When I launched The People’s Therapist, my intent was to get stuff off my chest – process a smidgen of psychic trauma. I’d write a column or two, exorcise the odd demon, piss off Sullivan & Cromwell and call it a day.
It never occurred to me I’d be deluged with lawyers as clients.
It never, ever occurred to me I’d be deluged with partners as clients.
It never so much as crossed my mind they’d be so unhappy.
It turns out being a partner can be…not all that. For many of my clients, the job boils down to evil middle management.
Permit me to explain.
Biglaw associates resemble the low-level evil henchman in James Bond movies – those omnipresent guys in jumpsuits who all look the same and do what they’re told. They drive around evil headquarters in little golf carts, manipulate dials in the control room, shoot at James Bond (always missing) – then get shot themselves. Presumably – like biglaw associates – they’re mostly in it for the money, rather than a genuine penchant for evil.
I felt like an impostor at S&C – only pretending to be a genuine low-level evil henchman. I was more like James Bond after he bonks the real low-level evil henchman on the head, then reemerges strolling through evil headquarters sporting that guy’s jumpsuit.
I was an impostor – trying to look like I drank the Kool-Aid, going through the motions. I wasn’t even a clandestine agent, battling evil, like 007. The plan to blow up the moon wasn’t my problem. I just wanted a way out of that crummy job – one not involving a fatal dunk in the evil piranha tank. Somewhere in that evil-lair-secreted-in-a-hollowed-out-volcano there had to be a door marked exit.
Most of the partners I work with are looking for the same thing. The difference is, as a partner, you’re not an impostor pretending to be a low-level evil henchman – you’re an impostor pretending to be evil middle management.
“Preposterous!” you sputter, outraged. “Partners never condescend to be middle anything! They crouch, smugly, at the pinnacle of the evil pyramid! With one wiggle of their evil little finger…they manipulate human life!”
It can look that way from the bottom rung, whence a partner appears as far removed from a low-level evil henchman as a junior associate from a positive bank balance.
From the vantage of the pyramid’s sub-sub-basement, all partners appear interchangeable – the unifying feature being their utter dissimilarity from anyone like you. A partner’s one of them – evil incarnate, possessing his own evil headquarters – his own creepy evil white cat (for stroking purposes) – and his own weird evil European accent (with which to mutter, “Come now, Mr. Bond…”) A partner doesn’t have to drink the Kool-Aid – an iv bag of the stuff dangles by his bedside.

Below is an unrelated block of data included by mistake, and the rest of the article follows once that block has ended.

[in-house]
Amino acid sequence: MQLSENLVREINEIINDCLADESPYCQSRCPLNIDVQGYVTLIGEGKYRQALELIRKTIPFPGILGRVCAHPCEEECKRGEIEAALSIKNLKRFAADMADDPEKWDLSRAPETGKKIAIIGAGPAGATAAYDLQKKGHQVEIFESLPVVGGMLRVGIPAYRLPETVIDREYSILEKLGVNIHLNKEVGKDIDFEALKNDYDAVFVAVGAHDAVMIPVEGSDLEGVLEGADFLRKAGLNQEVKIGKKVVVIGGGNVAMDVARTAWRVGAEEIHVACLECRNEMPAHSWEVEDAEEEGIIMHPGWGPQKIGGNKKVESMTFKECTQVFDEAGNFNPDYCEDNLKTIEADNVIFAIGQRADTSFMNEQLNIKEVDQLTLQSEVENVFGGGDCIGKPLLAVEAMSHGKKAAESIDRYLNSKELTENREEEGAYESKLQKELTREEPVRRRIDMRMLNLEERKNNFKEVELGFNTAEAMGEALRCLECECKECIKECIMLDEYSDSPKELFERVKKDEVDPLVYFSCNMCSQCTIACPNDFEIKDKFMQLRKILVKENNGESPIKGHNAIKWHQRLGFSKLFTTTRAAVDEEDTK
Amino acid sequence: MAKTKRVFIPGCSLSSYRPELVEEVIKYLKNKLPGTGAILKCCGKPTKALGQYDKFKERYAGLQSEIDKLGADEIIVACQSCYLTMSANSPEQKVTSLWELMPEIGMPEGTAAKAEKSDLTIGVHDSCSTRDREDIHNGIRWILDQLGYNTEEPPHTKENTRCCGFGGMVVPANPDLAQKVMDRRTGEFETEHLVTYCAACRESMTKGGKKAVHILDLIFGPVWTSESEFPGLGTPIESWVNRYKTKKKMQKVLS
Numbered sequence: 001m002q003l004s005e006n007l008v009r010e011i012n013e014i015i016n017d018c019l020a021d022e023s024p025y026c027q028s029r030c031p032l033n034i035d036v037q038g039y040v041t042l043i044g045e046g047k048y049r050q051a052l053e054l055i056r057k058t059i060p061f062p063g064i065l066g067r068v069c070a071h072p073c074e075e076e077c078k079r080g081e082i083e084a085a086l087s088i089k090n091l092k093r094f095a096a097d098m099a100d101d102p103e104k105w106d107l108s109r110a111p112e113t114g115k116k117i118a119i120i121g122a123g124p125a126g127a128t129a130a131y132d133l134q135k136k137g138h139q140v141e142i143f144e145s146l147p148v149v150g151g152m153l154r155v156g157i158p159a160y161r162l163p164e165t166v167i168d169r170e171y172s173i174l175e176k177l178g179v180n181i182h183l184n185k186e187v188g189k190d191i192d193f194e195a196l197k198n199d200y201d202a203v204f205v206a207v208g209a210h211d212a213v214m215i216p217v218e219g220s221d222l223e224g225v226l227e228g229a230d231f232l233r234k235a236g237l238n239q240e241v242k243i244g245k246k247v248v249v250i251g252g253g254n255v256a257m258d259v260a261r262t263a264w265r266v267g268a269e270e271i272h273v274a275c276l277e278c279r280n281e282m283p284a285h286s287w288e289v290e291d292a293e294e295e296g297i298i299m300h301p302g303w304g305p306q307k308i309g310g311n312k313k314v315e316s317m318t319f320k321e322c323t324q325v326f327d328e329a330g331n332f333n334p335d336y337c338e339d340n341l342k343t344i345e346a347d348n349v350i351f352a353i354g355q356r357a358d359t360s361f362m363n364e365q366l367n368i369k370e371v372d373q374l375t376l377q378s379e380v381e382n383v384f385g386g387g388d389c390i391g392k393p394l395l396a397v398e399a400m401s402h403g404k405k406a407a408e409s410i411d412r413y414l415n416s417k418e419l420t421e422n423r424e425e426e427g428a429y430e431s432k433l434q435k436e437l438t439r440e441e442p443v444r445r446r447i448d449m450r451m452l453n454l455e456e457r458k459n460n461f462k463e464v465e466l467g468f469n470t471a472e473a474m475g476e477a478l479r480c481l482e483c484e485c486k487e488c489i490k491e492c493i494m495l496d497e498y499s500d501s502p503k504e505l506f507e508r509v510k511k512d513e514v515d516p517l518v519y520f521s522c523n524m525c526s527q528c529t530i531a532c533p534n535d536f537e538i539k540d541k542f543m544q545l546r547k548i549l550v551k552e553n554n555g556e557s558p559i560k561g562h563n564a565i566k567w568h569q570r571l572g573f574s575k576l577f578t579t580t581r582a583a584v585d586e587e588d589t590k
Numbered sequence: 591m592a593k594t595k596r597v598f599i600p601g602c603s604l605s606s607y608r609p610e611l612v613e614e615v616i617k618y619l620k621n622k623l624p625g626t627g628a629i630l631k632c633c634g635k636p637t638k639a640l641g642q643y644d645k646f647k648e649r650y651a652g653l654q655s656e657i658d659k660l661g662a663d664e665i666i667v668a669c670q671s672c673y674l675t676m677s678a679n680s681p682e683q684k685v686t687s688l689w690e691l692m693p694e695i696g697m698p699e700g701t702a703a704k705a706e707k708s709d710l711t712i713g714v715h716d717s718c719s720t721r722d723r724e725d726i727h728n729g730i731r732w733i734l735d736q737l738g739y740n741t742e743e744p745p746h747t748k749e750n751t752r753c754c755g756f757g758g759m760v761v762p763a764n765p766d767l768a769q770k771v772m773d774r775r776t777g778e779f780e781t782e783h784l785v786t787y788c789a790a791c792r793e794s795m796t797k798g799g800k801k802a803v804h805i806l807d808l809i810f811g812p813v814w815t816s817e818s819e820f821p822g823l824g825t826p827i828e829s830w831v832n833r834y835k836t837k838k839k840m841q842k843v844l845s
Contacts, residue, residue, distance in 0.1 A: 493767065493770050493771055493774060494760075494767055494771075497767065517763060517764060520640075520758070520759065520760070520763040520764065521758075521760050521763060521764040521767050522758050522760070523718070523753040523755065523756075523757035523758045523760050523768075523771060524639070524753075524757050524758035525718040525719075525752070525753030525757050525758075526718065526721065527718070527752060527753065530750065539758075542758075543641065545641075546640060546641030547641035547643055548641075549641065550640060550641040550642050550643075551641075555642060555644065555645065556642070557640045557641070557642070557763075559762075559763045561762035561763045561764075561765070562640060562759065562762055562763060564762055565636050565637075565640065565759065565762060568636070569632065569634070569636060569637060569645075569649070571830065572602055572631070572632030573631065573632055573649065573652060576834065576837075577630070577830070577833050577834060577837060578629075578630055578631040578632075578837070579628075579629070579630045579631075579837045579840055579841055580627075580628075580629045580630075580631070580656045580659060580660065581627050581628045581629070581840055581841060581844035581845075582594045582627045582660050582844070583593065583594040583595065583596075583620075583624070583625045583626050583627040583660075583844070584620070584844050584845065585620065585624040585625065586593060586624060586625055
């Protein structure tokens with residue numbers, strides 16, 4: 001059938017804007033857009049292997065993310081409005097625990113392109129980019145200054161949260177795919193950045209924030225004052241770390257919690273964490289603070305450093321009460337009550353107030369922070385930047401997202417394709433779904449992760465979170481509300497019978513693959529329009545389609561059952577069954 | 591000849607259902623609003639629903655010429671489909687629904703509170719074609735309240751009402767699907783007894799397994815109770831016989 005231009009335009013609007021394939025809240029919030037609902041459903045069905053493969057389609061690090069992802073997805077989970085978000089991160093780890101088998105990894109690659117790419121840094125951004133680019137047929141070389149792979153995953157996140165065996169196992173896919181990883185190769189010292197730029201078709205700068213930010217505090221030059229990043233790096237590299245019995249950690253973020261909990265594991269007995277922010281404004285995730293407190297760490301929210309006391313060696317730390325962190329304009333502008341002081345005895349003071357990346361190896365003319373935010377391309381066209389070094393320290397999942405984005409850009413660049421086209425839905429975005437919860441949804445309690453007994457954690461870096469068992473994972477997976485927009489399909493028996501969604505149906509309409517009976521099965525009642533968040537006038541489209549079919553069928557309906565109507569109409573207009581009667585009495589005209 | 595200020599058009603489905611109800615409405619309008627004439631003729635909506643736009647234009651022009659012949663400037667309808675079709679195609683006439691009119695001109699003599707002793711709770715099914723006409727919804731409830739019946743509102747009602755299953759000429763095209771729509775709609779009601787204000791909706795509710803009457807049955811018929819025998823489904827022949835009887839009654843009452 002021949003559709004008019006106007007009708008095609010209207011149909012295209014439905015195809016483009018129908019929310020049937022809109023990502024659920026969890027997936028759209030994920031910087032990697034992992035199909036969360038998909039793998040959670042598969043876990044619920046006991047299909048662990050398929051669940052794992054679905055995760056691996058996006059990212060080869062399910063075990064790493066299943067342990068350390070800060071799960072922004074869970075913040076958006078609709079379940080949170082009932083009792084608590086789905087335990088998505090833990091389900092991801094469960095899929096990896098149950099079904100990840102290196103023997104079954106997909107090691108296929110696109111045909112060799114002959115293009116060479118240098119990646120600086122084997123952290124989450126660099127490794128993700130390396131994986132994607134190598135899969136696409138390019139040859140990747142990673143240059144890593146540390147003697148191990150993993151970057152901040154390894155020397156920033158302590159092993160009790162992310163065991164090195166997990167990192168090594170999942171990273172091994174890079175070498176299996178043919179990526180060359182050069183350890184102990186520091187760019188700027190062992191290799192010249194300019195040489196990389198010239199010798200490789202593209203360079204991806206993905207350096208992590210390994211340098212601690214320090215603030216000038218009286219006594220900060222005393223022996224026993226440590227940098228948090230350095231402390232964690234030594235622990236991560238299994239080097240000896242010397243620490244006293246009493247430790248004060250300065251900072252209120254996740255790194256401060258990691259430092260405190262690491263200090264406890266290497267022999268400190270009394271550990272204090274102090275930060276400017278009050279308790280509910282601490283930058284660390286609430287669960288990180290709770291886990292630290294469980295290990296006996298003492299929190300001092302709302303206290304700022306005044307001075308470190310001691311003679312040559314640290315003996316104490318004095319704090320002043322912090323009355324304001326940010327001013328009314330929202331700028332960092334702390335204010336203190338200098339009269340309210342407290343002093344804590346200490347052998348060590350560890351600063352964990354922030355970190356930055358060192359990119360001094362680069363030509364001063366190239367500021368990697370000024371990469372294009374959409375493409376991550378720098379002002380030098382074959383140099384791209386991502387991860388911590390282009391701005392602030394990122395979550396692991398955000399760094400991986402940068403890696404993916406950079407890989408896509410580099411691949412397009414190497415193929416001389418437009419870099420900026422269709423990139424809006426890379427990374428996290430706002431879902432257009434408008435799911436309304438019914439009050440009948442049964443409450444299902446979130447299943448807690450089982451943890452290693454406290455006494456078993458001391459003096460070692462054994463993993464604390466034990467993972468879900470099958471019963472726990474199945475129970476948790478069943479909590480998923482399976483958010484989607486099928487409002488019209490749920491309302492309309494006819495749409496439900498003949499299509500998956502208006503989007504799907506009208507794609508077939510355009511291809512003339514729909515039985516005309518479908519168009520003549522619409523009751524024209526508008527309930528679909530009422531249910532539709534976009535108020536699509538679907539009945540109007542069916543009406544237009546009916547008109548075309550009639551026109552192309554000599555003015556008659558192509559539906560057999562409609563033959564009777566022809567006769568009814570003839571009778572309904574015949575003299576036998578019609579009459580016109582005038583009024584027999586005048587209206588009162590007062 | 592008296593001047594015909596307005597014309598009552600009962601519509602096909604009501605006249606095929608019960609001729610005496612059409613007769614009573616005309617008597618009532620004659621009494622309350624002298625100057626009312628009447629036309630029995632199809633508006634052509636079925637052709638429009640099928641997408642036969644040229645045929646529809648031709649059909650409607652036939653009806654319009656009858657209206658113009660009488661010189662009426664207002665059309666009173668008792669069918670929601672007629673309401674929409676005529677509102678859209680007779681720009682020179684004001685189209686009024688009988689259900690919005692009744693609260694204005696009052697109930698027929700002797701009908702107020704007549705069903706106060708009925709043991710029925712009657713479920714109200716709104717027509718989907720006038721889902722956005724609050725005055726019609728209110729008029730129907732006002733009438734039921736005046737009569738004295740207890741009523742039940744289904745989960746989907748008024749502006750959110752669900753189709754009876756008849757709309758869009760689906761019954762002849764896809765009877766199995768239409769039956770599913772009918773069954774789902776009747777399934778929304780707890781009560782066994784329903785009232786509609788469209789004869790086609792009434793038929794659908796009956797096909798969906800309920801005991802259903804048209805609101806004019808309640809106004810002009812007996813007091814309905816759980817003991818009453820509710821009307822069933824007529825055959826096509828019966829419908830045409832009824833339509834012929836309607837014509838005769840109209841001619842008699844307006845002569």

If only that were true. After getting all up-close and personal with a bevy of partners, I’ve caught wind of a terrifying reality: All partners are not the same. Most are nothing more than evil middle managers.
It turns out – I swear on a stack of Books of Mormon – there’s only one guy per law firm who actually owns an evil headquarters.
He’s also the one guy who gets to stroke a cat and mutter diabolical threats. At most, there are six or seven guys (yes, they’re always guys.)
The other, lesser partners aren’t diabolical geniuses – or low-level evil henchmen. These so-called “partners” only get to act like they personify evil – they’re hardly Dr. Evil himself. They’re more like the bland guy sitting in the wrong chair in the evil boardroom when Dr. Evil presses that discreet little button – the one that activates the steel wrist straps and the trapdoor in the floor.
I’ve worked with partners so traumatized by the situation, it’s shaken their faith in global organizations dedicated to evil.
Here, in a nutshell, is how you end up in evil middle management:
Over the course of years of slave labor, you make yourself indispensable to a rainmaker (your “rabbi”.) He elevates you. Then two things happen: First, you acquire the title of PARTNER and all the rights, privileges and immunities (and status and money) thereunto appertaining; and second, the ink begins to dry on a binding contract with Beelzebub.
Mr. Rabbi doesn’t share his clients with you. You’ve never spoken to them. He elevated you to do his work, transforming you into a glorified senior associate (glorified = overpaid.) Since the downturn in 2008, there are no longer any actualsenior associates at the firm – they’ve been fired – so the actual partner reduces your points (partner-speak for money) and increases your workload.
It’s getting to where you’re not even overpaid, let alone glorified.
Don’t like it? No problem. Do what they keep telling you to do: Find your own clients. Generate business. Pull your weight. Do some marketing.
There are issues. First, you don’t know how to market. They didn’t have a class in “marketing” at your evil law school. Second, when you try marketing – which seems to mean pointless research, then taking people you hardly know out to lunch – you feel like an idiot. Third, it doesn’t work. They don’t suddenly call with a pile of overpaid legal stuff for you to do.
This is not entirely surprising. In a domestic market containing, at minimum, twice the lawyers the entire planet could possibly utilize, clients aren’t sitting around waiting to be asked to hire over-priced outside counsel. Many are bringing work in-house to cut legal bills – or strong-arming outside counsel to trim prices.
You could offer to reduce your fee – slide your price to bring in work – but your rabbi won’t hear of it. It would “degrade the firm’s brand” – which means it might affect his fee. He’s got his own book of business, and doesn’t give what we’ll euphemistically refer to as a “hoot” about your book of business. You’re competition. He’s content having you do his work.
That’s evil middle management. You’re a partner, but you don’t feel like it. Your friends and family assume you’re rich and powerful. Your car mechanic tacks on made-up charges when you take your Benz in for a tune-up. Obscure charities guilt you into tickets to their annual ball thingamabobs. Even your therapist considerately slides his rate up for you. : )